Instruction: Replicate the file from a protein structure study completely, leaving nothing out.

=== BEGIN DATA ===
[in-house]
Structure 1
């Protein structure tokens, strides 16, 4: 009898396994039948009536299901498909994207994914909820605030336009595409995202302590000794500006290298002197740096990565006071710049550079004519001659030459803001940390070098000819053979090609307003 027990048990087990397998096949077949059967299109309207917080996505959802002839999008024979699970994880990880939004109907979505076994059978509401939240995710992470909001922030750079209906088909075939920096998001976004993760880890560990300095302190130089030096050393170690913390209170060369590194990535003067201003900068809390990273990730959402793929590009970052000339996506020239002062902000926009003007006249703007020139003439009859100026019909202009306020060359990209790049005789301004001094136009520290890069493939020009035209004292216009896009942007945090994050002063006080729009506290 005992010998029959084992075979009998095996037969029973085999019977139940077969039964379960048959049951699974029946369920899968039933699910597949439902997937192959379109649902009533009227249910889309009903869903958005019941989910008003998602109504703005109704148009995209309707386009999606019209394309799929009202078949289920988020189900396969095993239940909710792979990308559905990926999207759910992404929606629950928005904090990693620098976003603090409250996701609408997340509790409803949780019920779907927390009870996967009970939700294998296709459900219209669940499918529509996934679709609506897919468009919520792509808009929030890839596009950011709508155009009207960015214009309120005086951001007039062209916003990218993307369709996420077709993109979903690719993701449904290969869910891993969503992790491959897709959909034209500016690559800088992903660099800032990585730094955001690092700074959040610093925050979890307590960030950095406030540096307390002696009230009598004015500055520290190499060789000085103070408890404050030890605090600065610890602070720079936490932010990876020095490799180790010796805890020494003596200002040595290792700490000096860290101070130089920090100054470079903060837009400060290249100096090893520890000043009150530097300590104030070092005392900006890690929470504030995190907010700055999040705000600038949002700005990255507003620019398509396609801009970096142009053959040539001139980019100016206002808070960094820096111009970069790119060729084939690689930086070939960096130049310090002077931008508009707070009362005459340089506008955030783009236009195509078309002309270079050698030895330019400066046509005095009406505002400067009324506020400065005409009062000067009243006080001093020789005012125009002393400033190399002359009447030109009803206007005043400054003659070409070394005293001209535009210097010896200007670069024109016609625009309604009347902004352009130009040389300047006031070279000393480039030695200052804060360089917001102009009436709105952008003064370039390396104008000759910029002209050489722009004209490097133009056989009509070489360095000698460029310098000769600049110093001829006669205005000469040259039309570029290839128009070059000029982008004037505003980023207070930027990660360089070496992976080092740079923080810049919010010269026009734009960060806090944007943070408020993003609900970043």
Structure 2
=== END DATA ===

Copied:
[in-house]
Structure 1
């Protein structure tokens, strides 16, 4: 009898396994039948009536299901498909994207994914909820605030336009595409995202302590000794500006290298002197740096990565006071710049550079004519001659030459803001940390070098000819053979090609307003 027990048990087990397998096949077949059967299109309207917080996505959802002839999008024979699970994880990880939004109907979505076994059978509401939240995710992470909001922030750079209906088909075939920096998001976004993760880890560990300095302190130089030096050393170690913390209170060369590194990535003067201003900068809390990273990730959402793929590009970052000339996506020239002062902000926009003007006249703007020139003439009859100026019909202009306020060359990209790049005789301004001094136009520290890069493939020009035209004292216009896009942007945090994050002063006080729009506290 005992010998029959084992075979009998095996037969029973085999019977139940077969039964379960048959049951699974029946369920899968039933699910597949439902997937192959379109649902009533009227249910889309009903869903958005019941989910008003998602109504703005109704148009995209309707386009999606019209394309799929009202078949289920988020189900396969095993239940909710792979990308559905990926999207759910992404929606629950928005904090990693620098976003603090409250996701609408997340509790409803949780019920779907927390009870996967009970939700294998296709459900219209669940499918529509996934679709609506897919468009919520792509808009929030890839596009950011709508155009009207960015214009309120005086951001007039062209916003990218993307369709996420077709993109979903690719993701449904290969869910891993969503992790491959897709959909034209500016690559800088992903660099800032990585730094955001690092700074959040610093925050979890307590960030950095406030540096307390002696009230009598004015500055520290190499060789000085103070408890404050030890605090600065610890602070720079936490932010990876020095490799180790010796805890020494003596200002040595290792700490000096860290101070130089920090100054470079903060837009400060290249100096090893520890000043009150530097300590104030070092005392900006890690929470504030995190907010700055999040705000600038949002700005990255507003620019398509396609801009970096142009053959040539001139980019100016206002808070960094820096111009970069790119060729084939690689930086070939960096130049310090002077931008508009707070009362005459340089506008955030783009236009195509078309002309270079050698030895330019400066046509005095009406505002400067009324506020400065005409009062000067009243006080001093020789005012125009002393400033190399002359009447030109009803206007005043400054003659070409070394005293001209535009210097010896200007670069024109016609625009309604009347902004352009130009040389300047006031070279000393480039030695200052804060360089917001102009009436709105952008003064370039390396104008000759910029002209050489722009004209490097133009056989009509070489360095000698460029310098000769600049110093001829006669205005000469040259039309570029290839128009070059000029982008004037505003980023207070930027990660360089070496992976080092740079923080810049919010010269026009734009960060806090944007943070408020993003609900970043």
Structure 2